There are a lot of different reasons that professional services firms consider rebranding. Sometimes there is an easy to understand event such as a merger or a catastrophic failure (think Arthur Anderson). But most often it is driven by a desire to accelerate growth or enter a new market.

Sooner or later, the discussion gets around to the “how” question. That's where rebranding strategies come into play. While there are a lot of variations and combinations possible, there are five basic re-branding strategies to consider:

1. Brand Refresh

A brand refresh is simply updating the look and feel of a brand that has no fundamental problems. This strategy is best used when the markets and competitive landscape are stable and the brand is well positioned against the competition.

While some background research may be helpful, the main task is to avoid anything that could inadvertently harm the existing brand — updating the firm's visuals to be more contemporary, for example. The logo may be tweaked slightly but will still be very recognizable.

2. Brand Extension

A brand extension allows a firm to market a new service to an existing client group. It can also be used to extend an existing service line to a new group of clients. For example, a technology company may have a brand associated with serving the small business marketplace and now wants to apply those same solutions to the health care marketplace.

This type of rebranding requires significant understanding of the new market segment, as well as an understanding of how the extension will impact existing client groups. A name change is seldom required. A typical approach is to add a modifier to the basic name. For example, XYZ Solutions may simply add a XYZ Healthcare Solutions.

3. Brand Reposition

This is perhaps the most common rebranding strategy. It typically occurs when a company realizes that the services they offer are out of sync with marketplace perceptions. For example, your firm may have been known as a developer of high-level strategies. Over time, you have concluded that you also need to offer hands-on implementation of those solutions. You may have developed the capabilities to do just that, but your historic market position keeps you from being considered for implementation projects.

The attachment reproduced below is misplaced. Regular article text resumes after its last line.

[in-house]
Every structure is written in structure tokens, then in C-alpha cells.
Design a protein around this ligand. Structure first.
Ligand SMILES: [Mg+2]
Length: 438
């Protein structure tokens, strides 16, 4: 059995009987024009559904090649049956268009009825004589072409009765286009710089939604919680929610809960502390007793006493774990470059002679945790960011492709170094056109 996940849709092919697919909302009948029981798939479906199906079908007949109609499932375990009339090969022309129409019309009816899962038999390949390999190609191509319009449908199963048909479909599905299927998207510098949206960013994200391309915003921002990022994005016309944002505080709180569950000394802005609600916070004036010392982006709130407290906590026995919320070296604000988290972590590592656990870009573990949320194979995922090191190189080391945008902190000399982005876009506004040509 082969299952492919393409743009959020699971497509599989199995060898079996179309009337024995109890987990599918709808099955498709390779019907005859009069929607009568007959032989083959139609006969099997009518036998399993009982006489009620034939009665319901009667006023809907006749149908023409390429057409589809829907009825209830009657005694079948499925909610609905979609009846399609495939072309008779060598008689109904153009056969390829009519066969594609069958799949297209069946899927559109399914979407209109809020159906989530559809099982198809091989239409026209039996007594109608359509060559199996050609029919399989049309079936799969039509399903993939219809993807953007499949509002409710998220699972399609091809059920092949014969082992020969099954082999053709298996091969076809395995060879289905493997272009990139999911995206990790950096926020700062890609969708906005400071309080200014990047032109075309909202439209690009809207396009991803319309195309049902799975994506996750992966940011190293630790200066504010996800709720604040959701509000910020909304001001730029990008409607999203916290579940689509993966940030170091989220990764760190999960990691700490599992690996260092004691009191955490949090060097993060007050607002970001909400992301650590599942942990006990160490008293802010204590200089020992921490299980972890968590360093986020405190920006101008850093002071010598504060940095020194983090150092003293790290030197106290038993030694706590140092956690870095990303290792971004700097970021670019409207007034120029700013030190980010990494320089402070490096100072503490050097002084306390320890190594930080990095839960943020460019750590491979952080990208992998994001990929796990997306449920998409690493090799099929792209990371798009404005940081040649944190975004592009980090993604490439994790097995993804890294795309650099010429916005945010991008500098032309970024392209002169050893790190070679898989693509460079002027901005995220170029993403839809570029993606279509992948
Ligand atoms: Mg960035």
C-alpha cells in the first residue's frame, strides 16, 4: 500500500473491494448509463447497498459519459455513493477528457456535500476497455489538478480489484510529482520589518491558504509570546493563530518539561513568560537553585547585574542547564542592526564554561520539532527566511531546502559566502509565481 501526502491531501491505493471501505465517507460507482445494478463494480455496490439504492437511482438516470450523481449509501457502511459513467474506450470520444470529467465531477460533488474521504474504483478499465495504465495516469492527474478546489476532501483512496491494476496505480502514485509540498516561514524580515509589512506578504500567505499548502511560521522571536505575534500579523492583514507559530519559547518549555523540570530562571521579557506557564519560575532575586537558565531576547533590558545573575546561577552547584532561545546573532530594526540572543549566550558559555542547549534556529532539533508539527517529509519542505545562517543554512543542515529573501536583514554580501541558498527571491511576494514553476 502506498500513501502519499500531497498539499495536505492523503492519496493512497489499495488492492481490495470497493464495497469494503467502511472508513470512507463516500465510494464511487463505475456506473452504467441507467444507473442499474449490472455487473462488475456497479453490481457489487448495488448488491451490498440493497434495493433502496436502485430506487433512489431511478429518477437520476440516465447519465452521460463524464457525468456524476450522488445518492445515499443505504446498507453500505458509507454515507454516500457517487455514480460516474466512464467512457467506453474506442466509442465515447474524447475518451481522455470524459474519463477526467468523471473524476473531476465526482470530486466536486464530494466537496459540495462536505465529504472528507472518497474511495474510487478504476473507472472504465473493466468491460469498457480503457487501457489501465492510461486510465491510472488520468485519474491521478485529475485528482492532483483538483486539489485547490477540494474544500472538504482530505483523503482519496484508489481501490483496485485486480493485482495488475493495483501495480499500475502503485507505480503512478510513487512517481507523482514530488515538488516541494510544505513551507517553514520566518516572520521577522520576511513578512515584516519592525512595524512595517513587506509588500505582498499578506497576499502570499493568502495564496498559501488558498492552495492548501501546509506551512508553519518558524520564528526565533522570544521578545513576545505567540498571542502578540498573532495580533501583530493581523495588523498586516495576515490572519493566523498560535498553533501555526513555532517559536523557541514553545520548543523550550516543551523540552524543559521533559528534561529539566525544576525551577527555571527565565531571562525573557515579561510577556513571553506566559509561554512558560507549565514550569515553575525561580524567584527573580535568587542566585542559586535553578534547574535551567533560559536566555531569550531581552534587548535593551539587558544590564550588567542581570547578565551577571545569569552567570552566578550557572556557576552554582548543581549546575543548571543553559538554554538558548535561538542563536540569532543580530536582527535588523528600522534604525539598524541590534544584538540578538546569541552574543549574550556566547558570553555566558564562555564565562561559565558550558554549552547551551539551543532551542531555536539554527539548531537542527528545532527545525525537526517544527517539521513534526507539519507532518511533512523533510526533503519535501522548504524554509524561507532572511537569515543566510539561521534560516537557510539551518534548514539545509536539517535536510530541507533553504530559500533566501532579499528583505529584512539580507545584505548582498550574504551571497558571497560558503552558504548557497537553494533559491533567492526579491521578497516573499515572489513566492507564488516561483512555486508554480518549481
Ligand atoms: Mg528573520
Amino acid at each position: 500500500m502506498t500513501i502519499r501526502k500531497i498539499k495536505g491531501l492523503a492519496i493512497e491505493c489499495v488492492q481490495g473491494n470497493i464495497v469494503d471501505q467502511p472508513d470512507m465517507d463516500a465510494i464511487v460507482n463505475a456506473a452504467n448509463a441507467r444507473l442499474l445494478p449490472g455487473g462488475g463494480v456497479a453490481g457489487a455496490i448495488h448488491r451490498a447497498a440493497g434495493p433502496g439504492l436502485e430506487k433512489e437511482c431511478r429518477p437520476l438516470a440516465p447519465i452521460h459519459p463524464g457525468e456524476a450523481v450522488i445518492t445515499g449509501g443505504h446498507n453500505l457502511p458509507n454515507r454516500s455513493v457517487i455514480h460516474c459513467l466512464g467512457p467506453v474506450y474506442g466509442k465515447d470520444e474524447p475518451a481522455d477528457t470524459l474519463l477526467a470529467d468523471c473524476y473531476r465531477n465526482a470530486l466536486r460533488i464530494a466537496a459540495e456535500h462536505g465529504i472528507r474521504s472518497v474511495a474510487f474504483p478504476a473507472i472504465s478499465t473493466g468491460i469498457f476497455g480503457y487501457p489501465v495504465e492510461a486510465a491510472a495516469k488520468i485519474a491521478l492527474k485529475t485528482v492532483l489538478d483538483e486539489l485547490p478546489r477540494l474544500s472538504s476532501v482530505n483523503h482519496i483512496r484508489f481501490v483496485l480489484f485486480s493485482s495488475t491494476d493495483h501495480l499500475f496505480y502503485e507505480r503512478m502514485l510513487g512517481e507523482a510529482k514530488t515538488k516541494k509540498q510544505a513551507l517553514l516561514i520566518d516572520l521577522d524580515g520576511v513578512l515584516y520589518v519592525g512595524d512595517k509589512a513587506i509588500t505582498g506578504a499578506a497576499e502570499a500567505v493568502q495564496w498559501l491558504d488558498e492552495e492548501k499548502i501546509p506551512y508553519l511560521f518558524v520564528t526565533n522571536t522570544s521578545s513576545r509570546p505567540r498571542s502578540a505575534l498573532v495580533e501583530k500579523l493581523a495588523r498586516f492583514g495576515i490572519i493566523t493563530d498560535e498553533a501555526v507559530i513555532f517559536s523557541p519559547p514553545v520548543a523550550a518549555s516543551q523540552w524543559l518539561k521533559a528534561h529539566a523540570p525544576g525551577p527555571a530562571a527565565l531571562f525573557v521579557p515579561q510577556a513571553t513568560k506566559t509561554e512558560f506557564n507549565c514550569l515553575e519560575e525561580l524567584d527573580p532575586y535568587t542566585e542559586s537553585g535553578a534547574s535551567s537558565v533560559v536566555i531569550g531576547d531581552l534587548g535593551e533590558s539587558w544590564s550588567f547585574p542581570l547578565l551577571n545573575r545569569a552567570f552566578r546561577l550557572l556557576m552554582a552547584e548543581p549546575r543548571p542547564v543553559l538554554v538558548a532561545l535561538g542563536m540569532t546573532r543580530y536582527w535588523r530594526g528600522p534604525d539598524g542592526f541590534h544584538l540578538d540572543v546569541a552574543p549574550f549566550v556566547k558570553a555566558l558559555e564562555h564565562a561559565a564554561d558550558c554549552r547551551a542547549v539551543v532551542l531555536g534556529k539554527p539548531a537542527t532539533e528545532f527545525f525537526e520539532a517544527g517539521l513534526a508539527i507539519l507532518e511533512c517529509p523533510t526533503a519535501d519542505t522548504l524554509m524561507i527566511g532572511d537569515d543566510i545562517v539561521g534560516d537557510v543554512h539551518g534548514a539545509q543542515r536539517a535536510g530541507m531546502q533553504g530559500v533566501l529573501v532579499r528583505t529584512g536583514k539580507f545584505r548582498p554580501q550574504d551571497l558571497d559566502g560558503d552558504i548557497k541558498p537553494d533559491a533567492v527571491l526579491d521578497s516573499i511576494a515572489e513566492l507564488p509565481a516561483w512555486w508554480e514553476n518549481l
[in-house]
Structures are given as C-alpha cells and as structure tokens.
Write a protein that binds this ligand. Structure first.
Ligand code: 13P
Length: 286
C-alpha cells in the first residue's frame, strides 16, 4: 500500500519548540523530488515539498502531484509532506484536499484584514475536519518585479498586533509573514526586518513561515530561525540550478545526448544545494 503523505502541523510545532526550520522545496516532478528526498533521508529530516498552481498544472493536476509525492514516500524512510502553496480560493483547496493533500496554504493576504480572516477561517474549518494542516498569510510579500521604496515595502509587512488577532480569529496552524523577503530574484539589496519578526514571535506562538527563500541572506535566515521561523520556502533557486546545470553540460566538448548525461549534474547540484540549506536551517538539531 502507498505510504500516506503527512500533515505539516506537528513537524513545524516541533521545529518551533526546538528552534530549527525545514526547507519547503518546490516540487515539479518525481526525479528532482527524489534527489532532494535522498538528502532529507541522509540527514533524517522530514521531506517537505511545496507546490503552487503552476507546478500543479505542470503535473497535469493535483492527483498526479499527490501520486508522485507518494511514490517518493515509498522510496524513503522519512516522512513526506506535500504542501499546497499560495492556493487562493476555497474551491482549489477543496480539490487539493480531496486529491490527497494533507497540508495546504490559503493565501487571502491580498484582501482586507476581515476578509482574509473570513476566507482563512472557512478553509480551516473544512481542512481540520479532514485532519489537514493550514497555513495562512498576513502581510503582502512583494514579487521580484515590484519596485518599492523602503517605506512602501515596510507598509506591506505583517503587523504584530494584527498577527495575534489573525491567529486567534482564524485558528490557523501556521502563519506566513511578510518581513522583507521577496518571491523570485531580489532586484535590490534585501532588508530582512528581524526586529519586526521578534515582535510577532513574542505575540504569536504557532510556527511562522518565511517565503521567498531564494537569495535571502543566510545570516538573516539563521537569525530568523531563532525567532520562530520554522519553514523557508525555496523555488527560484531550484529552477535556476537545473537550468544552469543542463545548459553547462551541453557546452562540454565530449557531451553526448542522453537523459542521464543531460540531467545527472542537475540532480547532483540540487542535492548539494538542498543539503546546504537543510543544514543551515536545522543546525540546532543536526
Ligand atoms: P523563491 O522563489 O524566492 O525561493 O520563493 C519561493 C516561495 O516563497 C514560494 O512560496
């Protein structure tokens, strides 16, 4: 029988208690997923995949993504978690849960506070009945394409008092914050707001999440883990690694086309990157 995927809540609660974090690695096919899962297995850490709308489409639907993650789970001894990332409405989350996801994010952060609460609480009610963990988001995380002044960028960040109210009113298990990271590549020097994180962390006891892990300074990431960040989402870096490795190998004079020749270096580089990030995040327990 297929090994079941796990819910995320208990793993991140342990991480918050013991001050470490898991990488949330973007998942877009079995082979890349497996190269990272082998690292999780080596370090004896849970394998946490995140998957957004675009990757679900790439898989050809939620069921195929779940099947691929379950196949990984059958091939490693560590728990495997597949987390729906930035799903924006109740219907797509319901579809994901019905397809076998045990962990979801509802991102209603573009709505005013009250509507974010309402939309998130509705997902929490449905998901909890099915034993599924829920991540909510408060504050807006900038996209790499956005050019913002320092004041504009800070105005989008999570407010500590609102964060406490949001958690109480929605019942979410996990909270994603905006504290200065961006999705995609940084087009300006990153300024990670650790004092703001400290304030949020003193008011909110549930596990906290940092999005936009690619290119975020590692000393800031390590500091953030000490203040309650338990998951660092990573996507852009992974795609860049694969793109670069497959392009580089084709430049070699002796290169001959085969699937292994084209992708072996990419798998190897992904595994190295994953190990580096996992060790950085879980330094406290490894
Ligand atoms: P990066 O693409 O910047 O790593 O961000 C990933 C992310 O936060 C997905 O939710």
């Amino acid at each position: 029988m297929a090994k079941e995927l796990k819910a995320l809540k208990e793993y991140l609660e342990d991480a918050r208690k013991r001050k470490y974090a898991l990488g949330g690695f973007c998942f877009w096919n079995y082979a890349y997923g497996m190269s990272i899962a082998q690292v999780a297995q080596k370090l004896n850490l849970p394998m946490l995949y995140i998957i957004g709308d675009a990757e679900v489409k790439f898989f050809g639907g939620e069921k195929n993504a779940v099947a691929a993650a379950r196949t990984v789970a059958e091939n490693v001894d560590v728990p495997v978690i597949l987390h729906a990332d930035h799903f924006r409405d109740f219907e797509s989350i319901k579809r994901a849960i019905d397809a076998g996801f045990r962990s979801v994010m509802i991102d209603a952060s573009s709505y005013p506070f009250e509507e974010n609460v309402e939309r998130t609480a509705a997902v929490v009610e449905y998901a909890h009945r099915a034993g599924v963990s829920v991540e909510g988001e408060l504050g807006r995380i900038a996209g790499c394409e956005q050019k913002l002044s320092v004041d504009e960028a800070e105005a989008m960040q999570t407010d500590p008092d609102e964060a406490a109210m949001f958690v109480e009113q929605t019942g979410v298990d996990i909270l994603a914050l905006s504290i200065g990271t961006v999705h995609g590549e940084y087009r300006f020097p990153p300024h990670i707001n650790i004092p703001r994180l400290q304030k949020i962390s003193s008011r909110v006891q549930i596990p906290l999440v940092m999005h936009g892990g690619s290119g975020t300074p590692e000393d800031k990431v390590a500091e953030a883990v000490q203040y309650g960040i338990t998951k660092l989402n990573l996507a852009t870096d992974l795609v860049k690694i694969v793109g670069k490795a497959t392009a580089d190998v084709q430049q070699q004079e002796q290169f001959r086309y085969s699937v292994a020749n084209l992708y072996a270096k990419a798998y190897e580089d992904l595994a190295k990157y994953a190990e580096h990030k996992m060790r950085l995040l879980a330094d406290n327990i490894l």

The solution is to reposition and rebranding your firm. To pull this off, you will need to conduct research into both existing clients and prospective clients to understand which elements of the existing positioning need to be carried forward to the new brand and what new elements are required. The new brand's launch will provide an important signal to the marketplace that something important has changed. The message must be reinforced repeatedly over time if you hope to make it stick.

4. Brand Combination

This is primarily a situation that arises as part of a merger or major acquisition. Often times the goal is a repositioning by means of acquiring a new skill set or marketplace exposure. It is one of the most challenging situations as you want to mingle two different positionings to come out with one that adds real strength.

There are of course, real concerns around compatibility of the two positionings. Research is aimed at seeing how the the combination fits into the clients view of the competitive environment. Is this a combination that makes sense to current or potential clients or is it a combination that raises new issues and concerns.Also of key importance is the integration of the two separate employee and partner groups. Often a name change is part of the re-branding strategy. ABC Solutions merges with XYZ Consulting to form AtoZ Solutions. This is a re-branding strategy that is very common in legal and accounting circles. Think Ernst&Young.

5. Brand Relaunch.

Sometimes a firm needs to get as far away from the original brand as it can (Arthur Anderson, mentioned earlier, is a prime example). But even when the issues are not so black and white, there may be a compelling case to give a firm a new name and identity. This situation may arise when a firm's reputation has been tarnished but not ruined or when a firm's business strategy has gone through a dramatic reorientation.

In many (though not all) cases, this sort of rebranding strategy results in a new name and a complete identity change. Before it comes to that, however, the firm needs to research the new target client group, as well as any existing clients that are to remain with the firm. It is also very important to research any staff perceptions that need to change. You have to change the pig, not just the lipstick.

Selecting appropriate rebranding strategies is often harder than it looks. Your situation may be more complex. And many successful solutions involve components of two or more of the basic strategies described above. For some more perspective on rebranding, check out the free rebranding kit below.